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By Kevin Young

Wake to find everything black

what was white, all the vice

versa—white maids on TV, black


sitcoms that star white dwarfs

cute as pearl buttons. Black Presidents,

Black Houses. White horse


candidates. All bleach burns

clothes black. Drive roads

white as you are, white songs


on the radio stolen by black bands

like secret pancake recipes, white back-up

singers, ball-players & boxers all


white as tar. Feathers on chickens

dark as everything, boiling in the pot

that called the kettle honky. Even


whites of the eye turn dark, pupils

clear & changing as a cat’s.

Is this what we’ve wanted


& waited for? to see snow

covering everything black

as Christmas, dark pages written


white upon? All our eclipses bright,

dark stars shooting across pale

sky, glowing like ash in fire, shower


every skin. Only money keeps

green, still grows & burns like grass

under dark daylight.


Kevin Young, "Negative" from To Repel Ghosts: The Remix. Copyright © 2005 by Kevin Young, published by Alfred A. Knopf, Inc. Reprinted by permission of Steerforth Press.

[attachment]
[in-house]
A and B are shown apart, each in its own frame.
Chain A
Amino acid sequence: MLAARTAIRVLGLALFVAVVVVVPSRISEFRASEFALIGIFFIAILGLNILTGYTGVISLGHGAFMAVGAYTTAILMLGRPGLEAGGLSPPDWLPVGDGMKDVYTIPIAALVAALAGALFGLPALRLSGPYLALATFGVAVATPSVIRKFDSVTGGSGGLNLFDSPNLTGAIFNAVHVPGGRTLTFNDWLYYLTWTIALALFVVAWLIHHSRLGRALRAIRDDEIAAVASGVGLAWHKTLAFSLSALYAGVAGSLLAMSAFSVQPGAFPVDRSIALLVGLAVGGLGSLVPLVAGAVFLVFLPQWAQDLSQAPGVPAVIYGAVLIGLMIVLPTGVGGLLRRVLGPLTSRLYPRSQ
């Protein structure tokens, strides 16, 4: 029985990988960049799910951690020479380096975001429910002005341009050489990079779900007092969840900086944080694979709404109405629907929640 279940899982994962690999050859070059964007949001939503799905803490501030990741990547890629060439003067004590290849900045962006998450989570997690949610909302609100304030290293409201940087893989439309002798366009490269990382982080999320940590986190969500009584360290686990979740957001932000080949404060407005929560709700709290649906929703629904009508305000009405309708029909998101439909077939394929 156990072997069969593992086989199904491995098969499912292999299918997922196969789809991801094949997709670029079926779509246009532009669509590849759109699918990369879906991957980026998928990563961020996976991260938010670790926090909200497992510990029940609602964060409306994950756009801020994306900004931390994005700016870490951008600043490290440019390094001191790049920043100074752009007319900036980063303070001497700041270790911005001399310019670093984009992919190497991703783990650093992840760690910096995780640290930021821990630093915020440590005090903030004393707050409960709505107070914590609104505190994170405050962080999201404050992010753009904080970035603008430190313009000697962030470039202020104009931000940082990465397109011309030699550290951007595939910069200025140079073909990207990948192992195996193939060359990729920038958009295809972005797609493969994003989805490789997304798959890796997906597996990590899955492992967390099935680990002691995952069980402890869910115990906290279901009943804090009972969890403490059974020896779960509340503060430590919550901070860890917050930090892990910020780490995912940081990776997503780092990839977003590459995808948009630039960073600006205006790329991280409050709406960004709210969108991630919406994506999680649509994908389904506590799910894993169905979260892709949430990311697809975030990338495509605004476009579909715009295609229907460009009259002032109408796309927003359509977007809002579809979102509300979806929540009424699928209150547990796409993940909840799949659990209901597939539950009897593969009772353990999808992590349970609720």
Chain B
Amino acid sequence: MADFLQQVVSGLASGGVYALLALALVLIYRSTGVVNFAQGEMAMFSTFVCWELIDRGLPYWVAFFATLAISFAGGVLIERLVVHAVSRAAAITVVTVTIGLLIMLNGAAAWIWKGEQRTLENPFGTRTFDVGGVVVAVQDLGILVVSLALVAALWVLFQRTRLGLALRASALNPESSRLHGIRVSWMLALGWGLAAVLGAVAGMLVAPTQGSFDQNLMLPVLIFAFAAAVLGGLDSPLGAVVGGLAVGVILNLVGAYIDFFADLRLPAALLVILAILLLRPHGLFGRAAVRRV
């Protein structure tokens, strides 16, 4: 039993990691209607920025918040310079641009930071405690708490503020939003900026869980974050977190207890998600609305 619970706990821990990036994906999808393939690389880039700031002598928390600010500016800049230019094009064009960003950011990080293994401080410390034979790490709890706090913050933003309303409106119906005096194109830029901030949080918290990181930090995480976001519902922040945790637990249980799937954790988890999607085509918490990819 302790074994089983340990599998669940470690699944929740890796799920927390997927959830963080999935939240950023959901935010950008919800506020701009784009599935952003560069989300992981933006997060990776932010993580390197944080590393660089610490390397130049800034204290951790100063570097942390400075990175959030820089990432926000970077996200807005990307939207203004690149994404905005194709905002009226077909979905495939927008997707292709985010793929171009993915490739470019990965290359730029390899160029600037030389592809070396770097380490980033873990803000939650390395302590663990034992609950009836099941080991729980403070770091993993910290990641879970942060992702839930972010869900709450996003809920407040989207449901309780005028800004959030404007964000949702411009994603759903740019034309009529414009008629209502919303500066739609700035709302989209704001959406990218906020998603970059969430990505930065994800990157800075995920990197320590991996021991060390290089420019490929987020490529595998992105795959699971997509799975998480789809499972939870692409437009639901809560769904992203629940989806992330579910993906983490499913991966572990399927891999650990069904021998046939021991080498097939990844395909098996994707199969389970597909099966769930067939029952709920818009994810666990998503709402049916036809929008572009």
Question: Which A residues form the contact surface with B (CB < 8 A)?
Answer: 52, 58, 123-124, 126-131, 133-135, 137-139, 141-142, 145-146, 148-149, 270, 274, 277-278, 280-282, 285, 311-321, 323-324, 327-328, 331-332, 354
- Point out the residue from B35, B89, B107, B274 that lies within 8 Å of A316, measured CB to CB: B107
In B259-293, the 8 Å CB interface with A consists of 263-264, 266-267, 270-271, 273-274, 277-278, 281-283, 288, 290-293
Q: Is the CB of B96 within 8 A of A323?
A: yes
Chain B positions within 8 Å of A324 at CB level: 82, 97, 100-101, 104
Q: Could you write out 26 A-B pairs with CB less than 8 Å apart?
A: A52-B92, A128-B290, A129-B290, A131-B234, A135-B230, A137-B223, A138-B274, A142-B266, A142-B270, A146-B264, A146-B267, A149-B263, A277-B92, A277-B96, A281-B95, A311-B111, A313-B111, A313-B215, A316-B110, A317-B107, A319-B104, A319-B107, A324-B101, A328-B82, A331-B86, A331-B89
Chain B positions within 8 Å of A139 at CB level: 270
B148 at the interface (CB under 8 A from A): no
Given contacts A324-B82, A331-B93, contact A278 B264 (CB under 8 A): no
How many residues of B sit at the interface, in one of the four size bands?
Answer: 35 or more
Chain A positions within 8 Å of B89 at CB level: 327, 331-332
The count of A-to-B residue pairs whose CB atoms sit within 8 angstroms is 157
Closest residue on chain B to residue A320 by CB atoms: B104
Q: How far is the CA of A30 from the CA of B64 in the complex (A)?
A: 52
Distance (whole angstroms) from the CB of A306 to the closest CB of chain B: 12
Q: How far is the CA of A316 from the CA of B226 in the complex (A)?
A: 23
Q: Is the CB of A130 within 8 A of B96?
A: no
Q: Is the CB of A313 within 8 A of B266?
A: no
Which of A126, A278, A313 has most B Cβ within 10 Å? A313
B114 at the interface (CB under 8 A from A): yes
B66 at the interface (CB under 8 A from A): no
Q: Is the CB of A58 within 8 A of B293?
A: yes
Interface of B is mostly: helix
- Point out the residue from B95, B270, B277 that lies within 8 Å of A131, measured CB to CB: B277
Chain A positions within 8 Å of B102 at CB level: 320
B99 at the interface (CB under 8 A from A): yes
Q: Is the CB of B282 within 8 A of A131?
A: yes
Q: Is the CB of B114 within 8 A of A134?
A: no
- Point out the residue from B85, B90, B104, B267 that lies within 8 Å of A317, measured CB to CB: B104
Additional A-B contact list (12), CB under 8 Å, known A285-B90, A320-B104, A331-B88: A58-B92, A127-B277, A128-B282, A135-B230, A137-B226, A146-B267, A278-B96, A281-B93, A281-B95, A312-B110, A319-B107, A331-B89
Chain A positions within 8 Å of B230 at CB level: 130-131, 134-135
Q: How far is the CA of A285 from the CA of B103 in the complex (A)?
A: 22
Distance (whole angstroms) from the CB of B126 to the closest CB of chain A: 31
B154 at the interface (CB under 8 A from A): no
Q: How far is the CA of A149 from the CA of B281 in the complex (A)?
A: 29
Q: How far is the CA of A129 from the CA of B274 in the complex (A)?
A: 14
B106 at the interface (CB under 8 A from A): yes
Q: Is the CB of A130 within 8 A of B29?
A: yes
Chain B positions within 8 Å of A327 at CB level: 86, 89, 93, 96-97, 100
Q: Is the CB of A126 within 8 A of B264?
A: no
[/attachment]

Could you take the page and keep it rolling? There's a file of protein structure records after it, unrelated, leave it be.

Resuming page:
Source: To Repel Ghosts: The Remix (Alfred A. Knopf, 2005)

  • Social Commentaries

Poet Bio

Kevin Young
Kevin Young was born in Lincoln, Nebraska. He studied under Seamus Heaney and Lucie Brock-Broido at Harvard University and, while a student there, became a member of the Dark Room Collective, a community of African American writers. “I feel like a poem is made up of poetic and unpoetic language, or unexpected language,” Young said in a 2006 interview with Ploughshares. “I think there are many other vernaculars, whether it’s the vernacular of the blues, or the vernacular of visual art, the sort of living language of the everyday.” For roughly a decade, Young was the Atticus Haygood Professor of Creative Writing and English and curator of Literary Collections and the Raymond Danowski Poetry Library at Emory University. Young is the poetry editor of the New Yorker and the director of New York Public Library's Schomburg Center for Research in Black Culture.

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